There is a reason Brady, despite playing with 5-foot-4 receivers and running backs with hitches in their giddy up, has won Super Bowls while Manning has captured passing titles. Manning has played most of his career with a Hall of Fame wideout, a perennial Pro Bowl running back, a decent offensive line and, recently, a swift defense. Still, zippo in the big game department.

The reason: Adam Vinateri, the "tuck rule", a defense that could win games without the help of their offense. Winning - especially in the playoffs - is a team affair. Just as in the divisional loss to Pittsburgh, most of the Colts' playoff losses (again, that the Colts were in the playoffs even to have a chance to win or lose, is because of Manning) have come because of team failures. Manning is not immune to criticism, but the responsibility is not his to bear alone.

Behind Brady's handsome looks is a cutthroat guy who would steal his grand momma's purse if it meant he could win a Super Bowl. Brady has ridden the wave of Bill Belichick's brain power while willing his team to multiple championships.

Give Brady the same kind of mediocre team that Manning had for his early career, and the ultimate result is the same. Last season, Brady did everything he could to "will" his team to win - including putting up his own "stat-boy" numbers - but it was not enough. Head-to-head, Manning and the Colts absolutely abused Brady and the Pats, in Foxboro, on national television. Mr. Cutthroat was throwing around water cups on the sideline and crying like, well, like idiots such as Mike Freeman accuse Manning of doing, and Mr. Handsome Looks was so dejected he couldn't even face reporters in the post-game press conference.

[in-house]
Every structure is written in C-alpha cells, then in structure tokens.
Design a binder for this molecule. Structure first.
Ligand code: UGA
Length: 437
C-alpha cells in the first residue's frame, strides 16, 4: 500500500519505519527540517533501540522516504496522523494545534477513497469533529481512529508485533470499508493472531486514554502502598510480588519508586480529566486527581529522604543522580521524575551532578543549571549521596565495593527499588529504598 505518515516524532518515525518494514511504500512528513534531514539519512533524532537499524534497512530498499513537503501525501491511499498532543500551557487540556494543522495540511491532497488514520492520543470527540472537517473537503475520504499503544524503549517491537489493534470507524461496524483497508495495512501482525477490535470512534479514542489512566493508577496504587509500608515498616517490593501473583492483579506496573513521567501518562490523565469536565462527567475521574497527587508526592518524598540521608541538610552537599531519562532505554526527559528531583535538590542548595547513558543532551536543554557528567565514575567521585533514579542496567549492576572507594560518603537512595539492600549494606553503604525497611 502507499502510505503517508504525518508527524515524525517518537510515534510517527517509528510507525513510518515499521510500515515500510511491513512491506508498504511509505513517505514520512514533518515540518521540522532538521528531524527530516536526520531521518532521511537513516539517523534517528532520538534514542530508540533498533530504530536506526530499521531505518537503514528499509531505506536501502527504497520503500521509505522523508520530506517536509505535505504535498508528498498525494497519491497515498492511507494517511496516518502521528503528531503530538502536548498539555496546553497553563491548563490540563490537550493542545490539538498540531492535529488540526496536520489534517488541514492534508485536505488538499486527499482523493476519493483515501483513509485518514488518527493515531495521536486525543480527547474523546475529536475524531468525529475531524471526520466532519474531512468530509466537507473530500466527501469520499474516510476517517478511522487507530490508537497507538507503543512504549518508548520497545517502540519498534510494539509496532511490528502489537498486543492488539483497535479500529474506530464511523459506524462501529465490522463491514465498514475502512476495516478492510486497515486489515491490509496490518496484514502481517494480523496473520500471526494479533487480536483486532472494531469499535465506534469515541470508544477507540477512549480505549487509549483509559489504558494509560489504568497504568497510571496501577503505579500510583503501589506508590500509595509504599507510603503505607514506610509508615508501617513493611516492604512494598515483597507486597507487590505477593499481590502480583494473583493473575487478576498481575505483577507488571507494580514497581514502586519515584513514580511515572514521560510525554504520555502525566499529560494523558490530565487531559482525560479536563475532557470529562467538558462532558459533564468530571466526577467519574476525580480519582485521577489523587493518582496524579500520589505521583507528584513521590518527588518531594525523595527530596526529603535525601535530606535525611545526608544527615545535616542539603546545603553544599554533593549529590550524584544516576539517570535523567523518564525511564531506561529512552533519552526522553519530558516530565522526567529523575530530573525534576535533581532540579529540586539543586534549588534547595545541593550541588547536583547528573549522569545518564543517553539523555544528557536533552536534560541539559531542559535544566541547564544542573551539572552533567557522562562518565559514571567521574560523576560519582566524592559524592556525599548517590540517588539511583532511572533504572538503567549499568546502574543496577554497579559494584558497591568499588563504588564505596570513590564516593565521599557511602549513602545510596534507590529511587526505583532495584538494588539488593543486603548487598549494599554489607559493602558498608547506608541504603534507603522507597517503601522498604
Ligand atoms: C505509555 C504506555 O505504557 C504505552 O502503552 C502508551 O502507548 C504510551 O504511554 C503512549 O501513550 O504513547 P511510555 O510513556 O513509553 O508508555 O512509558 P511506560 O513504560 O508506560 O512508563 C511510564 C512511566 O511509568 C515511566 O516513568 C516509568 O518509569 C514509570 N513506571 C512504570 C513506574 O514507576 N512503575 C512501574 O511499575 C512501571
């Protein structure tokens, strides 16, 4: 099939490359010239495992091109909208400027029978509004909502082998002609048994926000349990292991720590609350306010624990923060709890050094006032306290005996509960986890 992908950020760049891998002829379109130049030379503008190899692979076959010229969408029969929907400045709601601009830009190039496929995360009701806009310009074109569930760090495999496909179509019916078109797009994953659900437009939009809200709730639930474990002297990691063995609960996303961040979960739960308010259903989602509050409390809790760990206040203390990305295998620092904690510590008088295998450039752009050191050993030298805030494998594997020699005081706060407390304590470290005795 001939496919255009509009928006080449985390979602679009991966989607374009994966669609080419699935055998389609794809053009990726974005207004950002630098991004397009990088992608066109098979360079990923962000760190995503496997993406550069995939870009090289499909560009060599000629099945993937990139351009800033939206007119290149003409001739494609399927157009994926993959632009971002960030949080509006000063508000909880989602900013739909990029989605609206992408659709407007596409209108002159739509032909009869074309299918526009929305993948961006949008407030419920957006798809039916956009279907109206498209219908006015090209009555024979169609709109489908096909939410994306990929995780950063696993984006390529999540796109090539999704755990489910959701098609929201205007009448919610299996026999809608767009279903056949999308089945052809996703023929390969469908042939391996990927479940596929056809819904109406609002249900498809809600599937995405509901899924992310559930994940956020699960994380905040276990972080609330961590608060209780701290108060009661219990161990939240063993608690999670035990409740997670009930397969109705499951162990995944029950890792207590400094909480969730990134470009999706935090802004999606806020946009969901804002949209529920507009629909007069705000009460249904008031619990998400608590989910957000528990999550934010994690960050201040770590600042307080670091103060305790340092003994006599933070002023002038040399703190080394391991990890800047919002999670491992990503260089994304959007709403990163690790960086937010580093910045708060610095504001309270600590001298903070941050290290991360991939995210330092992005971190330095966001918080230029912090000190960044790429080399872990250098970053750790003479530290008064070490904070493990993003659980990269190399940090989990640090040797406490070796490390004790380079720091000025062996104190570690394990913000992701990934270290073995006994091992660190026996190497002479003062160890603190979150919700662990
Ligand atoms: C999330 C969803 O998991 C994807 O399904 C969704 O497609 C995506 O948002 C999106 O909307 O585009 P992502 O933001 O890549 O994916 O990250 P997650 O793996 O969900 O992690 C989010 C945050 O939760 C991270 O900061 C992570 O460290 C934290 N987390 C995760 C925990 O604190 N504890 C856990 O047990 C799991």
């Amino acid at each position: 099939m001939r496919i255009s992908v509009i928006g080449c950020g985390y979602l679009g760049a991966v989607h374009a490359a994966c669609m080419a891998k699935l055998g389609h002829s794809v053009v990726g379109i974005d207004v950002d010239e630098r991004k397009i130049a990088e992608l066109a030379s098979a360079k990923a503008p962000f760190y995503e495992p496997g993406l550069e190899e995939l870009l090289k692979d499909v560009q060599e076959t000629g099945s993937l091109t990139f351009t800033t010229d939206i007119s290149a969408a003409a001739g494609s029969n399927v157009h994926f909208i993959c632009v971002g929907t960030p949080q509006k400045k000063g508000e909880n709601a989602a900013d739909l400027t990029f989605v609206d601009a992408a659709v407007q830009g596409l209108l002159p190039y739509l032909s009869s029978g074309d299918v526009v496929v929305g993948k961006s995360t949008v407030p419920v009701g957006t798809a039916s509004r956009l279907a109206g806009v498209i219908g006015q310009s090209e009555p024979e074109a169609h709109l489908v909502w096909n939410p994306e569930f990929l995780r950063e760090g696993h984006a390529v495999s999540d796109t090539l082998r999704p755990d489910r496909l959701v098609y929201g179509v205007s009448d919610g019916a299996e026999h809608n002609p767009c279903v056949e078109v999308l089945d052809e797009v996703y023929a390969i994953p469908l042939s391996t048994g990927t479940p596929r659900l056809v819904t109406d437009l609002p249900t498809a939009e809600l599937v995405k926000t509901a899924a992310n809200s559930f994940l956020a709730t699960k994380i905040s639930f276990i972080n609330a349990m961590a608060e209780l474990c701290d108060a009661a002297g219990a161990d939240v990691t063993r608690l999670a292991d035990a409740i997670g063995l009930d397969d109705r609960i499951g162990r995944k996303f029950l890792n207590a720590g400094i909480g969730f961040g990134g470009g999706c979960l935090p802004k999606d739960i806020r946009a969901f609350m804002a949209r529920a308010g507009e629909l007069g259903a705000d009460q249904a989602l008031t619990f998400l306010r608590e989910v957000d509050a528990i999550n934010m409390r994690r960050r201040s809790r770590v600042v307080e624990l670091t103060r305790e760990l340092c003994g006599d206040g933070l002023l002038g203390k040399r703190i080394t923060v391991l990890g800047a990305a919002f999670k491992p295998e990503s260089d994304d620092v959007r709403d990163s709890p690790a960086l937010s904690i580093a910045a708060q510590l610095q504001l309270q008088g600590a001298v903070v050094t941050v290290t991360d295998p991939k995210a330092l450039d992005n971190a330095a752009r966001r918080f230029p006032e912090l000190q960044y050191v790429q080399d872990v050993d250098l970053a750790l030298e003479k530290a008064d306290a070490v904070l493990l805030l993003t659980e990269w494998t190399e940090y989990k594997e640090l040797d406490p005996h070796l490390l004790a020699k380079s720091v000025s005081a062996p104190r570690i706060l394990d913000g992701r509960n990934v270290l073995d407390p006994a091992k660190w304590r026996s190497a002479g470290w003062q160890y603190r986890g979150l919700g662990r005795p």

Brady stood in front of his locker Thursday and was asked what drives him. He gave a smart answer, but when I asked him to explain further, Brady gave an answer that might define why he is who he is and why he is so different from Manning.

"I was a backup quarterback in high school as a freshman, on a team that lost every game," Brady said. "I was seventh string at Michigan. I was fourth string at the Patriots, barely dressed the first year I played. Had to compete every step of the way.